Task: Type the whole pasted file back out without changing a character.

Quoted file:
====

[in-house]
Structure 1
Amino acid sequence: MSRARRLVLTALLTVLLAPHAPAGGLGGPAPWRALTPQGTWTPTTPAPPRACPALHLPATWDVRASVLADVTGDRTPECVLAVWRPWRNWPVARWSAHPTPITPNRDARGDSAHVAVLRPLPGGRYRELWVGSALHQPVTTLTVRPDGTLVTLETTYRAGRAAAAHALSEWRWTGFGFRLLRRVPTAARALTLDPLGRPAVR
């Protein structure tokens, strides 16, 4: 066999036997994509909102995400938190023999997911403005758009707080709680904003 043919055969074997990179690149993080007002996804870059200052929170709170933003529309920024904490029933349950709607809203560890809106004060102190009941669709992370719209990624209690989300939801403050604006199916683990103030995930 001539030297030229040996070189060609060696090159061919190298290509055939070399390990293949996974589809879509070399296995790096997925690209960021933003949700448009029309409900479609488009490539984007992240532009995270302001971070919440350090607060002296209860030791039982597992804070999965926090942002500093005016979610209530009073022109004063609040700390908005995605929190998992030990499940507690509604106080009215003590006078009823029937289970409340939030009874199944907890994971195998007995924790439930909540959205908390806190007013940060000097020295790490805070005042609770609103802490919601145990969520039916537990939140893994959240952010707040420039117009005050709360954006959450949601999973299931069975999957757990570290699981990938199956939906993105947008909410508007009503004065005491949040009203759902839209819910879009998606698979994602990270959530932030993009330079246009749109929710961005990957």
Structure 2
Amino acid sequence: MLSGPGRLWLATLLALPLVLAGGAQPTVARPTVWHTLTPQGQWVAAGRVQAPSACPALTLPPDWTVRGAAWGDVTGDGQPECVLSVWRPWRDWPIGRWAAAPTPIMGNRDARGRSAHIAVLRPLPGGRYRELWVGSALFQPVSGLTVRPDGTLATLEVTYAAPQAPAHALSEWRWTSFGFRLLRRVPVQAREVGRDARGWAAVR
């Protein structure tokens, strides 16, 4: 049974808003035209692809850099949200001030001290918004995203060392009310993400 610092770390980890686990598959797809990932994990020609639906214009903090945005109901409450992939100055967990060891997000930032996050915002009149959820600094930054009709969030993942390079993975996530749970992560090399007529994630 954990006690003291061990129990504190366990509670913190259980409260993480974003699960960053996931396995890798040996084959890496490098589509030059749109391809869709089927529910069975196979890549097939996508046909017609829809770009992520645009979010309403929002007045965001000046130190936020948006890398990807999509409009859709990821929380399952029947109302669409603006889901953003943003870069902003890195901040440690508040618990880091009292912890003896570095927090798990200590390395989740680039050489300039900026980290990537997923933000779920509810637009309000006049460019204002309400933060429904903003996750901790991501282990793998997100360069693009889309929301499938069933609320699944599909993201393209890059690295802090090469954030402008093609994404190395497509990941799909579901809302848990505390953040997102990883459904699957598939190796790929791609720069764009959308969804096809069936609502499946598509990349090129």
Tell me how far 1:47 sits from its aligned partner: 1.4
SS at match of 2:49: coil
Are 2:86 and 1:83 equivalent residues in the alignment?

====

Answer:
[in-house]
Structure 1
Amino acid sequence: MSRARRLVLTALLTVLLAPHAPAGGLGGPAPWRALTPQGTWTPTTPAPPRACPALHLPATWDVRASVLADVTGDRTPECVLAVWRPWRNWPVARWSAHPTPITPNRDARGDSAHVAVLRPLPGGRYRELWVGSALHQPVTTLTVRPDGTLVTLETTYRAGRAAAAHALSEWRWTGFGFRLLRRVPTAARALTLDPLGRPAVR
């Protein structure tokens, strides 16, 4: 066999036997994509909102995400938190023999997911403005758009707080709680904003 043919055969074997990179690149993080007002996804870059200052929170709170933003529309920024904490029933349950709607809203560890809106004060102190009941669709992370719209990624209690989300939801403050604006199916683990103030995930 001539030297030229040996070189060609060696090159061919190298290509055939070399390990293949996974589809879509070399296995790096997925690209960021933003949700448009029309409900479609488009490539984007992240532009995270302001971070919440350090607060002296209860030791039982597992804070999965926090942002500093005016979610209530009073022109004063609040700390908005995605929190998992030990499940507690509604106080009215003590006078009823029937289970409340939030009874199944907890994971195998007995924790439930909540959205908390806190007013940060000097020295790490805070005042609770609103802490919601145990969520039916537990939140893994959240952010707040420039117009005050709360954006959450949601999973299931069975999957757990570290699981990938199956939906993105947008909410508007009503004065005491949040009203759902839209819910879009998606698979994602990270959530932030993009330079246009749109929710961005990957």
Structure 2
Amino acid sequence: MLSGPGRLWLATLLALPLVLAGGAQPTVARPTVWHTLTPQGQWVAAGRVQAPSACPALTLPPDWTVRGAAWGDVTGDGQPECVLSVWRPWRDWPIGRWAAAPTPIMGNRDARGRSAHIAVLRPLPGGRYRELWVGSALFQPVSGLTVRPDGTLATLEVTYAAPQAPAHALSEWRWTSFGFRLLRRVPVQAREVGRDARGWAAVR
């Protein structure tokens, strides 16, 4: 049974808003035209692809850099949200001030001290918004995203060392009310993400 610092770390980890686990598959797809990932994990020609639906214009903090945005109901409450992939100055967990060891997000930032996050915002009149959820600094930054009709969030993942390079993975996530749970992560090399007529994630 954990006690003291061990129990504190366990509670913190259980409260993480974003699960960053996931396995890798040996084959890496490098589509030059749109391809869709089927529910069975196979890549097939996508046909017609829809770009992520645009979010309403929002007045965001000046130190936020948006890398990807999509409009859709990821929380399952029947109302669409603006889901953003943003870069902003890195901040440690508040618990880091009292912890003896570095927090798990200590390395989740680039050489300039900026980290990537997923933000779920509810637009309000006049460019204002309400933060429904903003996750901790991501282990793998997100360069693009889309929301499938069933609320699944599909993201393209890059690295802090090469954030402008093609994404190395497509990941799909579901809302848990505390953040997102990883459904699957598939190796790929791609720069764009959308969804096809069936609502499946598509990349090129």
Tell me how far 1:47 sits from its aligned partner: 1.4
SS at match of 2:49: coil
Are 2:86 and 1:83 equivalent residues in the alignment?